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RCI Creates Social Media Policy as Publications Tools Evolve

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July 21, 2017

A little over a year ago, RCI’s Publications Department took a series of steps that enabled the association to greatly expand its digital publishing footprint. We hired Assistant Director of Publications Katherine “Katey” Springle Lempka, who brought digital experience to the department. Director of Marketing Communications William Myers also redesigned RCI’s website. This enabled us to expand our communication venues with the following:

  • In July 2016, we updated and expanded social media postings on new LinkedIn, Facebook, Twitter, and Google+ venues.
  • In September 2016, we launched the RCI Newsfeed, delivering up-to-date releases of association and industry news for our membership and the public, accessible and searchable all the time on RCI’s website. This replaced our member newsletter, RCItems, and is the primary vehicle through which RCI conveys news to its members.
  • In December 2016, we introduced the monthly Digital RCI Interface with a Flip version of the journal, a promotional technical article, and informational shorts for our readers to access wherever they have Internet connectivity.

RCI’s Publications Department staff produces and publishes numerous articles throughout the month, publishing them on the RCI Newsfeed and drawing attention to their publication via e-mail. These are accessible at any time on RCI’s website at On occasion, we solicit input for articles from officers, committee members, and other experts among our membership. Many of our Newsfeed articles are also posted on RCI’s Facebook, LinkedIn, and Twitter sites. We welcome input on any such communications.

The ability to augment our traditional print capabilities has also expanded opportunities for our members. Some have asked us how to express their support for RCI’s offerings and activities, and how to discuss building envelope issues of concern to themselves, our members, potential members, and the industry at large through digital media.

As a result, we have developed an RCI Social Media Use Policy, published below and available at

Social Media Use Policy

RCI, Inc. is blessed as an international organization comprised of learned members with informed opinions and positions on a myriad of industry-related issues. The association cannot (nor would we wish to) police the social media postings of its members. While we encourage open discourse on any platform, here are a few things to keep in mind when using social media in relation to RCI.

  1. The only social media posts endorsed by RCI are those that come directly from RCI accounts and that are posted by RCI staff.
  2. All social media communications by RCI members and registrants should abide by the RCI Code of Ethics, taking particular note of the following points:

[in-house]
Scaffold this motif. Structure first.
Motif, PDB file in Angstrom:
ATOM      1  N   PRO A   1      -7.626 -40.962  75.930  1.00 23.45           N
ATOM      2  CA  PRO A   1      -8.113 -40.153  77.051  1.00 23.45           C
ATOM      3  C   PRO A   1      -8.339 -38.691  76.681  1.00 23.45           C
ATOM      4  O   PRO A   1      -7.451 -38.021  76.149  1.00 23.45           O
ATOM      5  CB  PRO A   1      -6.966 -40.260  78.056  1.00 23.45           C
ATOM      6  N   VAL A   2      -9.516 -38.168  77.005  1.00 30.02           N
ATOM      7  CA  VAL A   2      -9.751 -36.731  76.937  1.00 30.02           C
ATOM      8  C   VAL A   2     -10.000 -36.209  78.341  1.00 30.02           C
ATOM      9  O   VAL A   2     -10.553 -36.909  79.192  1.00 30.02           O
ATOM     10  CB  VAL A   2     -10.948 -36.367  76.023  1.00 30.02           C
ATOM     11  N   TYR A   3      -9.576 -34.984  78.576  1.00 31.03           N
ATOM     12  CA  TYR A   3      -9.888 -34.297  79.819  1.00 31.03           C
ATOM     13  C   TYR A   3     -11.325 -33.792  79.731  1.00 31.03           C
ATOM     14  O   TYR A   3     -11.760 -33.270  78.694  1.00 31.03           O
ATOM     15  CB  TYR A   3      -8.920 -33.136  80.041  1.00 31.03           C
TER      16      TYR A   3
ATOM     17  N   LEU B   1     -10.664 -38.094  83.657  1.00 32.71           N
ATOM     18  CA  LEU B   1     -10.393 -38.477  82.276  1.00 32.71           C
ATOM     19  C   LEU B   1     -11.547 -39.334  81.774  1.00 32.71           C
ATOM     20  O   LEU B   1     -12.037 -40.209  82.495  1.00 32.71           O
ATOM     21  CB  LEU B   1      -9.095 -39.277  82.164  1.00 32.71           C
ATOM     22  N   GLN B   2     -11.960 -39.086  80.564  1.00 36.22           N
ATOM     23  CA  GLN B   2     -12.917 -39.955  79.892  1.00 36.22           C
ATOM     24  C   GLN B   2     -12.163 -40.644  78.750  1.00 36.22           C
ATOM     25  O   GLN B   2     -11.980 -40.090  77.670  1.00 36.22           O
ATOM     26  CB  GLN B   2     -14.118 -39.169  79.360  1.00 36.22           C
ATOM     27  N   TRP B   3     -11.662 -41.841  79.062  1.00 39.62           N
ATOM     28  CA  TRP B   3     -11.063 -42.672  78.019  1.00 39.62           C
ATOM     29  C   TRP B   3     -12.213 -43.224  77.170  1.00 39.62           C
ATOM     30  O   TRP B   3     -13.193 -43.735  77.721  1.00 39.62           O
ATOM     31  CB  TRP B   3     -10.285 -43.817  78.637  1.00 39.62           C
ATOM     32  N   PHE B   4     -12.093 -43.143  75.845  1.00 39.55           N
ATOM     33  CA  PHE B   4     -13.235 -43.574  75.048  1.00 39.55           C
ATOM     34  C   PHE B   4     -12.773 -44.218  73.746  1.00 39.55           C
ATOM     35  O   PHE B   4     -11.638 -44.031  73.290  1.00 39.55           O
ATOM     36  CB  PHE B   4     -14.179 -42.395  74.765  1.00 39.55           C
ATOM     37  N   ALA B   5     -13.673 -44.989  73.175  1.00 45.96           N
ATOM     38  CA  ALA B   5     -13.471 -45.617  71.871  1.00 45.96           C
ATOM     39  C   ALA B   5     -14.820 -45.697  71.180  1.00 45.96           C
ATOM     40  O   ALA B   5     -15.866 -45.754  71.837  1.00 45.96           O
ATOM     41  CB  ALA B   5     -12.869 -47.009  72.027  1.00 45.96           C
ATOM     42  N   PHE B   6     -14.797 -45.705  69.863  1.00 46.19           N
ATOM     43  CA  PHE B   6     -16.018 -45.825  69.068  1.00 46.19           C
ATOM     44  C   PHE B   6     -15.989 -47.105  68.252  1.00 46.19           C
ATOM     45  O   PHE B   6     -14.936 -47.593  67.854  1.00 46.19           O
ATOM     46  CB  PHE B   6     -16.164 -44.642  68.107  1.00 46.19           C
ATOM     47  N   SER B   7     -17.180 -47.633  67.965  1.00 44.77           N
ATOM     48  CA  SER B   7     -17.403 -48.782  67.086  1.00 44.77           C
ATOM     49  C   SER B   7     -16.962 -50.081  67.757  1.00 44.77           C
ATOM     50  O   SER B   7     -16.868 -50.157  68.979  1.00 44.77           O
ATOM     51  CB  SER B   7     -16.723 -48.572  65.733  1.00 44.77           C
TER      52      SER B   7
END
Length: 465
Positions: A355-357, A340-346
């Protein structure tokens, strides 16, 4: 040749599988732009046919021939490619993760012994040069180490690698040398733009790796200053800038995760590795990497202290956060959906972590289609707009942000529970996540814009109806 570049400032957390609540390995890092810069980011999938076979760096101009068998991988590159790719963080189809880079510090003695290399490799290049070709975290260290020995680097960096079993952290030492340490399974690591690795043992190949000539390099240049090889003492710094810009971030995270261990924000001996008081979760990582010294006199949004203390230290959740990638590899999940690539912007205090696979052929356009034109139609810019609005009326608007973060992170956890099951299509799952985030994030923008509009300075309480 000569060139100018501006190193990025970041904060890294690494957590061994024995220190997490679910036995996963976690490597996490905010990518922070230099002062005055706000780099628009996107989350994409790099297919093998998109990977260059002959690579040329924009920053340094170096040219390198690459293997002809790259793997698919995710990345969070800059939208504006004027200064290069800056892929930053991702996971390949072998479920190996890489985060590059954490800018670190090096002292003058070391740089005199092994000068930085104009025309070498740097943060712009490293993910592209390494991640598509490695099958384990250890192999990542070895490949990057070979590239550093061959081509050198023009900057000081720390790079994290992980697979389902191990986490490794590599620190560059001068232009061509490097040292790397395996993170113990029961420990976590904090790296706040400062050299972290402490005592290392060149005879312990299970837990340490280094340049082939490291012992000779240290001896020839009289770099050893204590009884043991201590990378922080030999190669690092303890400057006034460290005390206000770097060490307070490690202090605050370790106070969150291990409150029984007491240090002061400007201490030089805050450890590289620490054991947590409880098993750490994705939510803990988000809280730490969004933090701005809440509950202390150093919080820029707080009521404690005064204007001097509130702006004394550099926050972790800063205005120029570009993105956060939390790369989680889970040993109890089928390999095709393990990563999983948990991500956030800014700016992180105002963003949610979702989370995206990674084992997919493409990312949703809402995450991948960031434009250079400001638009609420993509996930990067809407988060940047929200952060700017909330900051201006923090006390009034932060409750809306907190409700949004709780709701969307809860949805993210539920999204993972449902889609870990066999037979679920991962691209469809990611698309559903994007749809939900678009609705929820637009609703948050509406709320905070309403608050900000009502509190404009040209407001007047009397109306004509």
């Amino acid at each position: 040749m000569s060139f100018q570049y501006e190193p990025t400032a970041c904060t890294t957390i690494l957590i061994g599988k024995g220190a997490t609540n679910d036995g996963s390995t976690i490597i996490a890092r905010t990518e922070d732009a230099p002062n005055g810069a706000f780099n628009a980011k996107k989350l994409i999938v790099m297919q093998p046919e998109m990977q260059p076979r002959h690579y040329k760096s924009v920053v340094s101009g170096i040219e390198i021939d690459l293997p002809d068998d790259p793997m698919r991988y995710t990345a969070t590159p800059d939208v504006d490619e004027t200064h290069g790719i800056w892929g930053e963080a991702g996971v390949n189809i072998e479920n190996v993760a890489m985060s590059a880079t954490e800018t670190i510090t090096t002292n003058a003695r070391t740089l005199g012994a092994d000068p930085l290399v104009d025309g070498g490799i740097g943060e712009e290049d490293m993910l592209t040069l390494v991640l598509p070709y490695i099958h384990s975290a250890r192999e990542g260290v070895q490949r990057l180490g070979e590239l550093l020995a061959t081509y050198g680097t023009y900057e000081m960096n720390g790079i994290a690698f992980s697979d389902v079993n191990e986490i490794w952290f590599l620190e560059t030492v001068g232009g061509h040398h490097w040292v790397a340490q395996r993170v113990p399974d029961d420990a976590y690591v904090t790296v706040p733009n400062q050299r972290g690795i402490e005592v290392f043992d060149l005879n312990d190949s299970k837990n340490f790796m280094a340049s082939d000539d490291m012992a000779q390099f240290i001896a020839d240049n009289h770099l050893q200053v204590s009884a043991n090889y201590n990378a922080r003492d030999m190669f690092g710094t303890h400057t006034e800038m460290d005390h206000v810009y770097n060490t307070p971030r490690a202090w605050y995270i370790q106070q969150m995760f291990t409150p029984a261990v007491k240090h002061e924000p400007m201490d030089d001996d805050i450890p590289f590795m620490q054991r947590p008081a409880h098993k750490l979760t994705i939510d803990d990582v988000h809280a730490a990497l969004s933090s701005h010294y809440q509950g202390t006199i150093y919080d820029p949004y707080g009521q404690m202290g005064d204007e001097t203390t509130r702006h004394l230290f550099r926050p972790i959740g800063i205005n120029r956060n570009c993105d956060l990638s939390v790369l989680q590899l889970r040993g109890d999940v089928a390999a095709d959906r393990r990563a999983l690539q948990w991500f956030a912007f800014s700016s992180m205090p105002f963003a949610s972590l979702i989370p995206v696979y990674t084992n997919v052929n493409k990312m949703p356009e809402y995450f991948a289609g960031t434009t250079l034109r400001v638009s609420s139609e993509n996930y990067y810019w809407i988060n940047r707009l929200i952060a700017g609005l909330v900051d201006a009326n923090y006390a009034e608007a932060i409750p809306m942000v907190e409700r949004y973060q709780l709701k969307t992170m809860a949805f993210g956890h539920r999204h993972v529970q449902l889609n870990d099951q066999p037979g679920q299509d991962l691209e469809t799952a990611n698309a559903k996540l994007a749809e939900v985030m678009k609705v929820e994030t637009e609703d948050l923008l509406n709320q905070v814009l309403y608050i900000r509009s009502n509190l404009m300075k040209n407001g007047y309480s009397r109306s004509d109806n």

• Be objective and truthful in reports, statements, testimony, and on social media.
    • Preserve the confidentiality of clients and employers, and serve each in a professional and competent manner.
  3. RCI members, including officers and other leaders, may identify themselves on social media as members of the organization. However, they should make it clear that their opinions are their own and do not necessarily reflect any official position of RCI, Inc.
  4. A share by RCI on its official social media platform(s) is not an endorsement of a position. If the content did not originate with RCI, it should not be construed as an official RCI policy or statement, regardless of the poster’s position within the organization.
  5. Feel free to “tag” official RCI accounts with your building-envelope-related posts. In fact, we encourage this! (However, refer to number 4: A share is not an endorsement.)
  6. Do not reveal confidential information. The discussions held within RCI’s committees and meetings are not public information. If you’re unsure whether to share: don’t. Social media is not a secure medium. You should never assume a post is or will remain private, regardless of your settings. If you are posting on a social media site, you are relinquishing control of the information.
  7. Be nice. We think it’s wonderful that some of our members are so passionate about their work, but if a conversation is becoming heated, the best thing to do is walk away. Before you hit “send,” ask yourself if you would say, face-to-face, what you have just typed.
  8. Admit your mistakes. If you post information that you later find to be inaccurate, add a comment or note to your post with the updated information (and a note saying that you did so, if the platform does not already provide an edit log).

Express yourself, but let’s be careful out there.